Jesus goes after their assumptions:

  1. He challenges the assumption that everyone will know life with God. This is important, since His questioners were rejecting Him right at that moment!
  2. He overturns the idea that everlasting life is perpetuated the same way bodily life is here. God gives us marriage and childbirth in this life, because we’re dying. This will not be necessary in eternity, since we will be “like the angels, neither marrying nor giving in marriage”.
  3. He rejects the Sadducees’ idea that God’s promises die with us. To make the point, He quotes Ex 3, the passage about the burning bush. Now He is not God of the dead, but of the living, for all live in Him (:38).

God promised to deliver His people, and He did. Now, Jesus is standing right in front of them, offering them everlasting life with God. God is alive … the patriarchs are alive … God’s promises are alive, too! The benefits of knowing God go beyond this life.

Jesus has taken pointed, limited, even obscure and ridiculous questions and answered a major question we’re still talking about today:


My HOPE IN THIS LIFE is that I have everlasting life with God received by faith in Jesus. That’s my hope. My hope isn’t in prosperity and political freedom (like in the first passage). My hope isn’t in anything I can experience in this life apart from everlasting life in God.

My hope is in the God of promise. And focusing on Him and my life to come gives meaning to my present life as well …

Here’s a few questions to consider:

  1. Where do we (like the scribes and chief priests) see ourselves placing our hope in prosperity and political freedom? How does the first half of the passage challenge us on that?
  2. What might be some action steps in praying for leaders, in light of our own time in history, between Jesus’ two comings?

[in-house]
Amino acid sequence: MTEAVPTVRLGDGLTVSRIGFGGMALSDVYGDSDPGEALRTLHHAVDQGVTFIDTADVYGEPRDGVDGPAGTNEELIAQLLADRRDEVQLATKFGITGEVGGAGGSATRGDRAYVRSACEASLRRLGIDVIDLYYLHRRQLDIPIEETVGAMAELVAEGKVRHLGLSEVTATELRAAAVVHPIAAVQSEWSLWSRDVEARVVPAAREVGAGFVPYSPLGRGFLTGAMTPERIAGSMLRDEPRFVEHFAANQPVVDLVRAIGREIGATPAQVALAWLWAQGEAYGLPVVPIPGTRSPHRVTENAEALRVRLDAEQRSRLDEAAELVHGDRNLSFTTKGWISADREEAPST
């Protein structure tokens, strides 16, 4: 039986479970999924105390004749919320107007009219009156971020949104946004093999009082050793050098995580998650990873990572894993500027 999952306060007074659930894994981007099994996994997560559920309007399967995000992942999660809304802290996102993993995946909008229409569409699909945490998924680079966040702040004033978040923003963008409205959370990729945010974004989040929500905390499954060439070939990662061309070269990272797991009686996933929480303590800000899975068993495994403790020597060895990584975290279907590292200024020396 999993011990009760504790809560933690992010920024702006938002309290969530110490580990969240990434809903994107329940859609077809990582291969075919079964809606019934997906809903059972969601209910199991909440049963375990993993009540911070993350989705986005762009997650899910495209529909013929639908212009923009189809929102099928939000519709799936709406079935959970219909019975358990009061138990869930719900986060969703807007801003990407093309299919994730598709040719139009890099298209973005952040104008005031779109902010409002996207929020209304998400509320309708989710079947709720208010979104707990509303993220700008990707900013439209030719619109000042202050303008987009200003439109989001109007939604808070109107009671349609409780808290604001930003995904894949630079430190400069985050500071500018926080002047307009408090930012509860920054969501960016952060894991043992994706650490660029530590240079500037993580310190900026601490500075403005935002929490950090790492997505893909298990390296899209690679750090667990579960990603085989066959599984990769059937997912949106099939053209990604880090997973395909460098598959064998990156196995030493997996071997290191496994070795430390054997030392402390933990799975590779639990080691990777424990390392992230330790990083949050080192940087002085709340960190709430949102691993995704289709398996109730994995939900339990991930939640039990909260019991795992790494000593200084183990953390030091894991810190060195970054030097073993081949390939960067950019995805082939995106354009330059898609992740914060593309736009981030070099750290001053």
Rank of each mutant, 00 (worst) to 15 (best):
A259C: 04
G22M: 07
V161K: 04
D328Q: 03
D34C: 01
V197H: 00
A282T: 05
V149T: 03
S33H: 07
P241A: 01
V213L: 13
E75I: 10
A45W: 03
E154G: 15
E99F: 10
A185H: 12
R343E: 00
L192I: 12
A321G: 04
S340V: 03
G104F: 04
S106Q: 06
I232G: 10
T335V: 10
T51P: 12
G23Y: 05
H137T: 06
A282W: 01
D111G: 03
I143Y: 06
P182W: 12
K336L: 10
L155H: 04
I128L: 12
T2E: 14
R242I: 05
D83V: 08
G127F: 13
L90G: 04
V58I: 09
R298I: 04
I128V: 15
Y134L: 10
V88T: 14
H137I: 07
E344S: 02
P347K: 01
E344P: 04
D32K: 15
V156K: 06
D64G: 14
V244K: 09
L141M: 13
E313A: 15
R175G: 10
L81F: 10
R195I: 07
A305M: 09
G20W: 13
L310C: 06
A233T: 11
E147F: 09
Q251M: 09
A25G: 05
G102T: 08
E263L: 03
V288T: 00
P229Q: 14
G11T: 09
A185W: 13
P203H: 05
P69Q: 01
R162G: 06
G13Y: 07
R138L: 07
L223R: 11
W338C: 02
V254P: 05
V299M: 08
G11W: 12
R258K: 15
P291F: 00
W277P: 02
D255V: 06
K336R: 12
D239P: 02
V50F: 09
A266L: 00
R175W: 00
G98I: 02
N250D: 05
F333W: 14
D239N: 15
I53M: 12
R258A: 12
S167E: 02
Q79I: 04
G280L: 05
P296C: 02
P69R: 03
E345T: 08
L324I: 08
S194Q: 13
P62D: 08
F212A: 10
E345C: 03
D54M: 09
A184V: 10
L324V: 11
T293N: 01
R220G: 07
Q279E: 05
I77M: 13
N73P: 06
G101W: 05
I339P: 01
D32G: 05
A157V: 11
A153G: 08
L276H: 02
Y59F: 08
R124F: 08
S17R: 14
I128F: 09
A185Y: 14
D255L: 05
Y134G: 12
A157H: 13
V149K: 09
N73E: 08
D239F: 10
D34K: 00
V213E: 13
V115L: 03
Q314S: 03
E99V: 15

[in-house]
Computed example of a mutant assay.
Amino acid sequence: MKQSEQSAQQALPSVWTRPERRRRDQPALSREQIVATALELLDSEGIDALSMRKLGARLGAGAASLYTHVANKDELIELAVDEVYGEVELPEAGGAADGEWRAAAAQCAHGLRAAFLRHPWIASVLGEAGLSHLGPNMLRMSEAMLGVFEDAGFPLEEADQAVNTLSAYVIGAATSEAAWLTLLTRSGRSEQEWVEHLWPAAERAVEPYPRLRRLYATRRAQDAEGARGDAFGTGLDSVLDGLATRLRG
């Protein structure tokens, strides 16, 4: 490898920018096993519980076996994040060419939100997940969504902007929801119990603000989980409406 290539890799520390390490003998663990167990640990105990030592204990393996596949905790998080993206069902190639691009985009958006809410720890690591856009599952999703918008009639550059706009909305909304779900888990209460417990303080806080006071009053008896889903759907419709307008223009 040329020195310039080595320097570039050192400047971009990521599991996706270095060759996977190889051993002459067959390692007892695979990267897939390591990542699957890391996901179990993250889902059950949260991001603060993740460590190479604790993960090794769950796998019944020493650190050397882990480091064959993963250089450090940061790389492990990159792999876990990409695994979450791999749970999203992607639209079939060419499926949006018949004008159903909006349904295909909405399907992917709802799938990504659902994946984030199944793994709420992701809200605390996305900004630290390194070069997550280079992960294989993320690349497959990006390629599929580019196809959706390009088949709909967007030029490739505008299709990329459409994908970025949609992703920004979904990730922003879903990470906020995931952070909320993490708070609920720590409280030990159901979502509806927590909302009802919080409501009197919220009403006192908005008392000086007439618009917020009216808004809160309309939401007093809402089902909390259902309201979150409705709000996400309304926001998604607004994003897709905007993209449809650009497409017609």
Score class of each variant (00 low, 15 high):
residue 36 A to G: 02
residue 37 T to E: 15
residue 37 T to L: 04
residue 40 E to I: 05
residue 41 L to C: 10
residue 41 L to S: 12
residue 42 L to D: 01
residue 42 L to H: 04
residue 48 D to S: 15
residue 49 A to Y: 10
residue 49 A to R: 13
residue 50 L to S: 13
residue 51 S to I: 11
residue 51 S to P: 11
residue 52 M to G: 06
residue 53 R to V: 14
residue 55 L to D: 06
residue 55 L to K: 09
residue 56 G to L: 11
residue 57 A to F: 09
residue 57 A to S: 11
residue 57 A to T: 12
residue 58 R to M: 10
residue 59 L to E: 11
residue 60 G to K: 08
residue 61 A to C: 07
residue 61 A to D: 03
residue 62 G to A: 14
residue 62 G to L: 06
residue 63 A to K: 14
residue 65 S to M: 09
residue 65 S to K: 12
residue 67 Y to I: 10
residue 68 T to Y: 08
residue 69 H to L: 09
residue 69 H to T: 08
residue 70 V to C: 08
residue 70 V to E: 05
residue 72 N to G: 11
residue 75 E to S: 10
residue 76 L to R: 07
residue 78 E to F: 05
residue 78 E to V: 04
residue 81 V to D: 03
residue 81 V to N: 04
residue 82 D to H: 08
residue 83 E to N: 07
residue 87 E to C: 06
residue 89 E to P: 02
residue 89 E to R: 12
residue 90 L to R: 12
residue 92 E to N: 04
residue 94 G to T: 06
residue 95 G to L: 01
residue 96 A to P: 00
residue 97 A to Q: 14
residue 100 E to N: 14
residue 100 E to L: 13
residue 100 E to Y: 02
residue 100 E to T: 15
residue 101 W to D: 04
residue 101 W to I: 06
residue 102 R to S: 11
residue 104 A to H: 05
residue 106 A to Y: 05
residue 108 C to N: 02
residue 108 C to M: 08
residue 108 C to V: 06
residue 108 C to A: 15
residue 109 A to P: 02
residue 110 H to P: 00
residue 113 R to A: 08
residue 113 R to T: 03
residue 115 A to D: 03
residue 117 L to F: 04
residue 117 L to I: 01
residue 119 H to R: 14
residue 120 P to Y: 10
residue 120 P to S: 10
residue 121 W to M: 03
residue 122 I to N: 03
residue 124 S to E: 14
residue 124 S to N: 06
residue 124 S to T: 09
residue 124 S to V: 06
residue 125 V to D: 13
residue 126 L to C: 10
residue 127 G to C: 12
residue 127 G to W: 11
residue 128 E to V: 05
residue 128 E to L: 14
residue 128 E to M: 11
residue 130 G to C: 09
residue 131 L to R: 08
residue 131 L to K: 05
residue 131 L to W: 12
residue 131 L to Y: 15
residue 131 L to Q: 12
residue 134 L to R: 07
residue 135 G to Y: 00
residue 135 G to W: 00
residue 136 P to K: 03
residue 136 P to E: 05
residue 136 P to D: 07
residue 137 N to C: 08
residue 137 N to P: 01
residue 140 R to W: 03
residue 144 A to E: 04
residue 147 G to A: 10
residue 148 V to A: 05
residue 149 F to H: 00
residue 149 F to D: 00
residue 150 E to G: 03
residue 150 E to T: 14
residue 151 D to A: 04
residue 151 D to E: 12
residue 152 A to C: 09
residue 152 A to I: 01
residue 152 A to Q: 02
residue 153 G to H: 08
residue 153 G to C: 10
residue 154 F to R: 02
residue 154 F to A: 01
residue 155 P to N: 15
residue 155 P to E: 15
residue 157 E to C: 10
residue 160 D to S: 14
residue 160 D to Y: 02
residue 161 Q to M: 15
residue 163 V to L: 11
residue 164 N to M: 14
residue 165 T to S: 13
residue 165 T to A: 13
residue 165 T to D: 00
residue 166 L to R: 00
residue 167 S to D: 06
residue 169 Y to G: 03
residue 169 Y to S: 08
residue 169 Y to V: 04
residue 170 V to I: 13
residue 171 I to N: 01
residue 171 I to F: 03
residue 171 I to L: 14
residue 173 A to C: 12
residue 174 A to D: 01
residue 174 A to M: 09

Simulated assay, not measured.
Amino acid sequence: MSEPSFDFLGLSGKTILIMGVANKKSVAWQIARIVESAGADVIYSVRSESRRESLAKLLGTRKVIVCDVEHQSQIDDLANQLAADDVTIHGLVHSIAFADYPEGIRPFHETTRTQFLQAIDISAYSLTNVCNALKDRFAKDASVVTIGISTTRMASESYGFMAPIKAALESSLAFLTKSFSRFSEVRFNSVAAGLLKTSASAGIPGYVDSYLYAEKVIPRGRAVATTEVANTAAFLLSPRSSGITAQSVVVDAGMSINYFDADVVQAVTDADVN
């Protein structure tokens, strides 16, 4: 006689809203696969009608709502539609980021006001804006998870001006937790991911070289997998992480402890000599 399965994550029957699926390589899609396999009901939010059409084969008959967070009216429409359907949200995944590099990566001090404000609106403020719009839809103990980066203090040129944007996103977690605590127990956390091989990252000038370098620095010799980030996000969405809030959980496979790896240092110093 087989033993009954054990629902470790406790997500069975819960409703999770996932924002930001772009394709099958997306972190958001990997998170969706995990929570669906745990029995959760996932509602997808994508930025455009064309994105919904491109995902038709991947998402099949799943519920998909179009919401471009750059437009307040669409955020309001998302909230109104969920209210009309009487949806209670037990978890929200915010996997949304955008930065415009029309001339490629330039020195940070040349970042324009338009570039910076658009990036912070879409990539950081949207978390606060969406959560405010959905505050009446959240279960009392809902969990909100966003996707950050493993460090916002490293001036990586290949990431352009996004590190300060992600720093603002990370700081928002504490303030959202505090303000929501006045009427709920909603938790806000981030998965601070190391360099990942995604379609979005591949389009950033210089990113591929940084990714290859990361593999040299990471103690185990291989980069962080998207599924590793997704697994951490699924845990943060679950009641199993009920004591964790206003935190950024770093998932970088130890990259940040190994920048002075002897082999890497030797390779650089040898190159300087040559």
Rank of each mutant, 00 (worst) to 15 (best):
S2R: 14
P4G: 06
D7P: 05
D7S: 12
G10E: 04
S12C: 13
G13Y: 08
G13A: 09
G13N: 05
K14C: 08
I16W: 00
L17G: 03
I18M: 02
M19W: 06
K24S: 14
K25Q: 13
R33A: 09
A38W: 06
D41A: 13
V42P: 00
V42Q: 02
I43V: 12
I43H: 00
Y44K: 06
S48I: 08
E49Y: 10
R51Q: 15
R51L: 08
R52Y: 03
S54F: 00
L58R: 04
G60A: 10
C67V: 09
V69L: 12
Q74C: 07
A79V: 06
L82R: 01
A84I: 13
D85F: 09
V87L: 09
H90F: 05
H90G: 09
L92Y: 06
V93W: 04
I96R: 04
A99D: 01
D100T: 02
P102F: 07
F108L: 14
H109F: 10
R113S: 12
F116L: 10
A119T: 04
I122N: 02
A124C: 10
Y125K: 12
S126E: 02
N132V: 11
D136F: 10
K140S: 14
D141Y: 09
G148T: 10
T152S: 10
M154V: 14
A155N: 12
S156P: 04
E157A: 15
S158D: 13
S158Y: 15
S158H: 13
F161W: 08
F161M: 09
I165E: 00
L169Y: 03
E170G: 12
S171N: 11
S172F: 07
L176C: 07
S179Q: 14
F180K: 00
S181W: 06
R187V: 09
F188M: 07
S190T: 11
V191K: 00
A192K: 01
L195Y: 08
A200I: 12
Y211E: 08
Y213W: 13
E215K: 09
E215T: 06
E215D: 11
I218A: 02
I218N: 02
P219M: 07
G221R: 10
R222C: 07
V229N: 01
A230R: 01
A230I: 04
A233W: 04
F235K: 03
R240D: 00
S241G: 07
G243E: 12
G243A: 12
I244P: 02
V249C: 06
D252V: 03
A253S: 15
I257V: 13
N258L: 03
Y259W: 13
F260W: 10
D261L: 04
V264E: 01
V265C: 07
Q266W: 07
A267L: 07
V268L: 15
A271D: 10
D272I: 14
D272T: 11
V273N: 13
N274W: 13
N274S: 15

3. Where do we (like the Sadducees) see ourselves placing our hope in immediate pleasures and benefits of this life? How does the second half of the passage challenge me on that?
  4. How does my present life take on meaning when I contemplate everlasting life with God through Christ, after my own resurrection?
  5. Is my hope in this life really that I have everlasting life with God through faith in Christ? How can I know if this is true?

Rejected from Blessing: Luke 20.9-19

What’s your mental image of Jesus? Do you think of His kindness or love? Do you see Him hating sin and rebellion against His Father?

In Luke 20 we find Jesus in Jerusalem, after entering the city as the rightful king of the Nation of Israel and the whole earth. He’s cleansed the Temple (19:45-48). He’s rebuffed a challenge to His authority (20.1-8). Now, He tells a parable, in 20.9-19. Set against a Old Testament parable from Isaiah 5.1-7, in which God removes Israel, which is likened to an unproductive vineyard, Jesus tells The Parable of the Wicked Tenants. 

The Nation rejected, because of rejection of God’s authority in JESUS (:9-16a). Jesus is up to something here. In Jesus’ retelling of this parable the land-owning farmer represents God. But we have the addition of tenants. Who are they? And who are the servants sent to them? And what is the vineyard?

The parable unfolds in six scenes. They aren’t hard to follow. The land-owning farmer, having left his vineyard for an appropriately long period of time, sends servants to collect produce. Each is treated badly by the tenants, disrespected, and turned out. Finally, the land-owner sends his own son (:13). The idea is that he has no one more important to send! The tenants, however, reserve their worst treatment for the son, casting him out and killing him outside the vineyard. “Reasoning among themselves” they expect the vineyard will become theirs, if the landowner and his son are dead, which they now believe to be true for both.

The parable ends with Jesus asking an obvious question. “What then will the owner of the vineyard do to them. He will come and destroy those tenants and give the vineyard to others?” (:15b-16).